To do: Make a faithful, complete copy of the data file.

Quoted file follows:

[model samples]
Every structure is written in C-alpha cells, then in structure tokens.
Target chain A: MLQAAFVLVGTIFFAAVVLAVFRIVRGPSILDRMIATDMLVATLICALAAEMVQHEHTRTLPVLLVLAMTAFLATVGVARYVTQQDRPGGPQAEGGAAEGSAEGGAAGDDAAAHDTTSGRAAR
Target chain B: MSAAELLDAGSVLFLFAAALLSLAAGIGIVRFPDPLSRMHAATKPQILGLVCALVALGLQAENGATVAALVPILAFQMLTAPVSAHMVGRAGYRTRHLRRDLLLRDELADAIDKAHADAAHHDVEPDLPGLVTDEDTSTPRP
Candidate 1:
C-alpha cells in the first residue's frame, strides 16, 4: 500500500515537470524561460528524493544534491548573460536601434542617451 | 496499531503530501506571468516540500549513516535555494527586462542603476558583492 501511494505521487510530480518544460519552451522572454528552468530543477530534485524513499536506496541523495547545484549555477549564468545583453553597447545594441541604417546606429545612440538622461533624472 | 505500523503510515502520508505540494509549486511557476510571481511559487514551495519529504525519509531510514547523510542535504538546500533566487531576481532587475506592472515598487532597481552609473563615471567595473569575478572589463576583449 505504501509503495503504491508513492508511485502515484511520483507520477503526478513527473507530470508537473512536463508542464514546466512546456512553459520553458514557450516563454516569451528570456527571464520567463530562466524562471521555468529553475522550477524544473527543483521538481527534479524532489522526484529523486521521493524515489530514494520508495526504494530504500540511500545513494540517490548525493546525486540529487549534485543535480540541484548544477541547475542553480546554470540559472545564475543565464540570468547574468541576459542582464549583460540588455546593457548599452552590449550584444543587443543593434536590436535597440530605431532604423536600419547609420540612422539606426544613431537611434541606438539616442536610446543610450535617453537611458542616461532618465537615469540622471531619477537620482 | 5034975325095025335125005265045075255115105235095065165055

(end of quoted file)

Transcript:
[model samples]
Every structure is written in C-alpha cells, then in structure tokens.
Target chain A: MLQAAFVLVGTIFFAAVVLAVFRIVRGPSILDRMIATDMLVATLICALAAEMVQHEHTRTLPVLLVLAMTAFLATVGVARYVTQQDRPGGPQAEGGAAEGSAEGGAAGDDAAAHDTTSGRAAR
Target chain B: MSAAELLDAGSVLFLFAAALLSLAAGIGIVRFPDPLSRMHAATKPQILGLVCALVALGLQAENGATVAALVPILAFQMLTAPVSAHMVGRAGYRTRHLRRDLLLRDELADAIDKAHADAAHHDVEPDLPGLVTDEDTSTPRP
Candidate 1:
C-alpha cells in the first residue's frame, strides 16, 4: 500500500515537470524561460528524493544534491548573460536601434542617451 | 496499531503530501506571468516540500549513516535555494527586462542603476558583492 501511494505521487510530480518544460519552451522572454528552468530543477530534485524513499536506496541523495547545484549555477549564468545583453553597447545594441541604417546606429545612440538622461533624472 | 505500523503510515502520508505540494509549486511557476510571481511559487514551495519529504525519509531510514547523510542535504538546500533566487531576481532587475506592472515598487532597481552609473563615471567595473569575478572589463576583449 505504501509503495503504491508513492508511485502515484511520483507520477503526478513527473507530470508537473512536463508542464514546466512546456512553459520553458514557450516563454516569451528570456527571464520567463530562466524562471521555468529553475522550477524544473527543483521538481527534479524532489522526484529523486521521493524515489530514494520508495526504494530504500540511500545513494540517490548525493546525486540529487549534485543535480540541484548544477541547475542553480546554470540559472545564475543565464540570468547574468541576459542582464549583460540588455546593457548599452552590449550584444543587443543593434536590436535597440530605431532604423536600419547609420540612422539606426544613431537611434541606438539616442536610446543610450535617453537611458542616461532618465537615469540622471531619477537620482 | 5034975325095025335125005265045075255115105235095065165055